Tags: YA, fantasy
Rating: 3.5 out of 5
The kingdom of Ruan has been taken over by neighboring Sedra, and Rua and Sedorne folks live uneasily side-by-side. Fifteen-year-old orphan Zira lives in the namoa’s religious temple and trains to become a warrior. An ugly burn scar on her face is the only relic she has of her childhood, when the rest of her family was destroyed by fire.
Suddenly Zira learns that she is not who she thinks she is, but rather Zahira Elfenesh, the sole surviving member of the Ruan royal family. Her uncle, the Sedorne king Abheron, is determined to get Zahira under his control. The only way she can perhaps overthrow her powerful uncle and save her people is to unite with Sorin Mesgao, a sympathetic Sedorne lord who rules Ruan land. Will she be able to get along with this man who is supposedly her enemy in order to lead the way to a better future?
Reading DAUGHTER OF THE FLAMES is like watching a high-action, “Crouching Tiger Hidden Dragon”-like movie. In other words, it’s fantastic and utterly enthralling. Zoe Marriott has a wonderful way of vividly describing details, so that I could see every aspect of what was going on at any time in my mind.
The characters also were interesting and memorable. Zira/Zahira is an awesome female protagonist, kicking butt both literally—in suspenseful fight scenes reminiscent of Asian martial arts movies—and metaphorically—holding her own verbally in mental warfare. Zahira is a young girl who is mercilessly thrust into a position of high power and responsibility, and both her doubts and determination are highly believable.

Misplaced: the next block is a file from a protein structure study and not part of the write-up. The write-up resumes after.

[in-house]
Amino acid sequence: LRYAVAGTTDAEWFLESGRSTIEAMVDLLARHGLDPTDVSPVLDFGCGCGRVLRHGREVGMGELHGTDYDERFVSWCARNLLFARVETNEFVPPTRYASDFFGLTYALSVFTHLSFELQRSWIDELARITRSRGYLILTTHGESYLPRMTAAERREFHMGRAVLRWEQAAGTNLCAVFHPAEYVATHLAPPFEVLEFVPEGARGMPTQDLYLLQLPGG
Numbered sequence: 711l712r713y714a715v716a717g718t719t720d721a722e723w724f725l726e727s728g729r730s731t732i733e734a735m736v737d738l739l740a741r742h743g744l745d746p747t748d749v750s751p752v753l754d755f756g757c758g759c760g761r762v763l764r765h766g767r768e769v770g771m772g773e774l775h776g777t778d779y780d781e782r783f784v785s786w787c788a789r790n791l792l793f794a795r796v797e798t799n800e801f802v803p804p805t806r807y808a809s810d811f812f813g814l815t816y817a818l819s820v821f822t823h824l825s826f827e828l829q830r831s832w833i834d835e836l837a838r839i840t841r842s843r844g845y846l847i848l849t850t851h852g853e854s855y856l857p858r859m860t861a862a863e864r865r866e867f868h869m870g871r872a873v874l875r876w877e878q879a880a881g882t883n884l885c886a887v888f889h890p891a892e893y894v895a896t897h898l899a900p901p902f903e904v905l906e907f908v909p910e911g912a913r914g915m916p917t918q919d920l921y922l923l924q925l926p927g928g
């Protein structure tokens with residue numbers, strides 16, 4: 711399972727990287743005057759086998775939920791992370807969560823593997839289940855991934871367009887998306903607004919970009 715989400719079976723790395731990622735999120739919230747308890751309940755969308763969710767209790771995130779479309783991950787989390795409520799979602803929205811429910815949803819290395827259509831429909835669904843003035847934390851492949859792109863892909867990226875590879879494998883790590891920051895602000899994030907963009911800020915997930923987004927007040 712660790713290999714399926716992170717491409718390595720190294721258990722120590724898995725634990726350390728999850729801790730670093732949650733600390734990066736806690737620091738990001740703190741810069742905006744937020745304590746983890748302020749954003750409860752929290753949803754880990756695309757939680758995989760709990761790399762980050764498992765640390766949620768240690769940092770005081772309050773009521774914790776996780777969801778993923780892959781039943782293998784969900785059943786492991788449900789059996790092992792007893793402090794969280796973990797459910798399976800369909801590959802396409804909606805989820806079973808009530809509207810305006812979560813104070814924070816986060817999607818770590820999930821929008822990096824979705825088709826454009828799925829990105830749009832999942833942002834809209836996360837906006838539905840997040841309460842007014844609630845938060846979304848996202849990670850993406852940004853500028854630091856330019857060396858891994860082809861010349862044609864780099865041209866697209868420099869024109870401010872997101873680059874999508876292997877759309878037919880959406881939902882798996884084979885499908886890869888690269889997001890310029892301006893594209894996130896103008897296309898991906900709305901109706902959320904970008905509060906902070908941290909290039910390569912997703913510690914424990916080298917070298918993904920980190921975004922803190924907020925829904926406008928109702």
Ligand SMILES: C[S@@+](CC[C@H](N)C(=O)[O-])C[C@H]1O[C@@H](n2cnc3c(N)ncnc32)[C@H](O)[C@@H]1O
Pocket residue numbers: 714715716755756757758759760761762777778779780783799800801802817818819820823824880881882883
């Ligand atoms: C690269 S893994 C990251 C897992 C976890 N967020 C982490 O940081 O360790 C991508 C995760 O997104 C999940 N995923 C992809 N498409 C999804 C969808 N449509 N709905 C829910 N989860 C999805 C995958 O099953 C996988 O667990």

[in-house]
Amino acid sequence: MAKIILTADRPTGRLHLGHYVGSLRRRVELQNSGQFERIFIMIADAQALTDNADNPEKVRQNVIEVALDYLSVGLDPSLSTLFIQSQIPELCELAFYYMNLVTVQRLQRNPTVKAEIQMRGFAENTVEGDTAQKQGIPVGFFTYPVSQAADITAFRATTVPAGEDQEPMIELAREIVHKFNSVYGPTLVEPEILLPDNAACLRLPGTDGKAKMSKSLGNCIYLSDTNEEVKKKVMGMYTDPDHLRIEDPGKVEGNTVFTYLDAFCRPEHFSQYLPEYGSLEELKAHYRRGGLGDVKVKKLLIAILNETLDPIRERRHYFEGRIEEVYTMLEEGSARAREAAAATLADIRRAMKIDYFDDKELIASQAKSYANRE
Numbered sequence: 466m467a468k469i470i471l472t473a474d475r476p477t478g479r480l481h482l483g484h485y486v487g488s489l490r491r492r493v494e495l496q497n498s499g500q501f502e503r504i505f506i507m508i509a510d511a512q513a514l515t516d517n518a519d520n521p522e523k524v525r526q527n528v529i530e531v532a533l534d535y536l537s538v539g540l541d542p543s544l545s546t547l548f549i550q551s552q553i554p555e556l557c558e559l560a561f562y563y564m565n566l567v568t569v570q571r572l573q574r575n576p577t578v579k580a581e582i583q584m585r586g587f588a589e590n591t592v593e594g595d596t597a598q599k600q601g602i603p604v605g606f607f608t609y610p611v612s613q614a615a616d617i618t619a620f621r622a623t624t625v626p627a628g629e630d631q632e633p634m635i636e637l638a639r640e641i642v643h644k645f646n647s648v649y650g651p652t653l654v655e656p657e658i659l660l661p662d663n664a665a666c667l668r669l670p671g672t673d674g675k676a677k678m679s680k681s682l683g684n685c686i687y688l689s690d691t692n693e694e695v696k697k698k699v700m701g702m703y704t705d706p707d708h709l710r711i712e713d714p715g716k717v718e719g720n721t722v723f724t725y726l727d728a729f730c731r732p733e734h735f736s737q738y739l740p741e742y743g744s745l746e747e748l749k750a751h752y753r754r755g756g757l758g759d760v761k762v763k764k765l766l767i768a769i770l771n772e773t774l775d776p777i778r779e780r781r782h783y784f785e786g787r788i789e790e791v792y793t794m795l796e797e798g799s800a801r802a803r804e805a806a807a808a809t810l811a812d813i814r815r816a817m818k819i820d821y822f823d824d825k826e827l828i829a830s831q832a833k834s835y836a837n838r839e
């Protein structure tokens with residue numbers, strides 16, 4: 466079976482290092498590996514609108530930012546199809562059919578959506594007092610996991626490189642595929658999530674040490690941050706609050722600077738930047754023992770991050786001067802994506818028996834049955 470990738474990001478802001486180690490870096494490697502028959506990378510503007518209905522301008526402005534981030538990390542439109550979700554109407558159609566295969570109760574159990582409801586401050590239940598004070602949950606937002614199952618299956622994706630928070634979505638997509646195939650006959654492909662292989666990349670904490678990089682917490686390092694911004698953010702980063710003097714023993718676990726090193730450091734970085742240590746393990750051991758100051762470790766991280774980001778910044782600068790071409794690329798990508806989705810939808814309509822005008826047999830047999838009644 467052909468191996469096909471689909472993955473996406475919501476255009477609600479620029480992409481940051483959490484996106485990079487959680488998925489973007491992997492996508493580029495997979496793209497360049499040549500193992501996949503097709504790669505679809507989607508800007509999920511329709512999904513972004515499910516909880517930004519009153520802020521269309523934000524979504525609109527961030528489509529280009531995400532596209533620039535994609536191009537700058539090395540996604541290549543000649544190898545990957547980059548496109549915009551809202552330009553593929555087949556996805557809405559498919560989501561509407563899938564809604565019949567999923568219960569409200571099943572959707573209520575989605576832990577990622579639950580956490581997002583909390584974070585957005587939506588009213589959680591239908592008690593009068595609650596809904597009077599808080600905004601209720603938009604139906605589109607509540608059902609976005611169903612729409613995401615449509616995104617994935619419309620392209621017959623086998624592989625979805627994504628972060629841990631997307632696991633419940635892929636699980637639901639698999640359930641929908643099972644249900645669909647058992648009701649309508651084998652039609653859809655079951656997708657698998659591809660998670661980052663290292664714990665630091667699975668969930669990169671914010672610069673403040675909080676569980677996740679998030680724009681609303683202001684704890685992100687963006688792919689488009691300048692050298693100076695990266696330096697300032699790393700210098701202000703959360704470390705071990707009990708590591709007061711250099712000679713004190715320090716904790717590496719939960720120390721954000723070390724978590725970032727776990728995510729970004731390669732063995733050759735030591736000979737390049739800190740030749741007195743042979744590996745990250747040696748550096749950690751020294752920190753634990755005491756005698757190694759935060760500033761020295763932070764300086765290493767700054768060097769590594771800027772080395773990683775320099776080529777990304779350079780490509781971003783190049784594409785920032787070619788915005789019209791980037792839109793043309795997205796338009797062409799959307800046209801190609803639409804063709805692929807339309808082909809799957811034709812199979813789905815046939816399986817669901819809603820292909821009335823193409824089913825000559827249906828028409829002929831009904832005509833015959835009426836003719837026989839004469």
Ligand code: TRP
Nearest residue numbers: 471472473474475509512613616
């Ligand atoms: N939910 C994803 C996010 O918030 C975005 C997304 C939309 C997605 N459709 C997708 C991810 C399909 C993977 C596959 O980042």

King Abheron is a perfectly twisted antagonist with a surprisingly touching background, who occasionally does things that are so bizarre, so complex, and so inexplicable that I can definitely, without being able to explain it, see why he would want to do such things. Sorin is less well developed but still likable. I would have liked to see more of his loyalty and love for Zahira throughout the book, but I am still happy with what I got from him.
Upon finishing the book I let out a frustrated cry, so disappointed I was that the book had to end. Zoe Marriott is truly skilled at writing engrossing fantasies, and I definitely want to read more books by her in the future.
Julie Berry (The Amaranth Enchantment)
Overall Rating: 3.5 out of 5
Cover discussion: 4 out of 5 - I think it's beautiful, don't you? The mesmerizing color of the flames on the black background, the way it curls around the girl... well done.
I've been having a really out-of-it day so I promise to post about stuff relevant to my life soon, hopefully. I think I need to go sleep off my dazedness. Dunno. Anyway, later!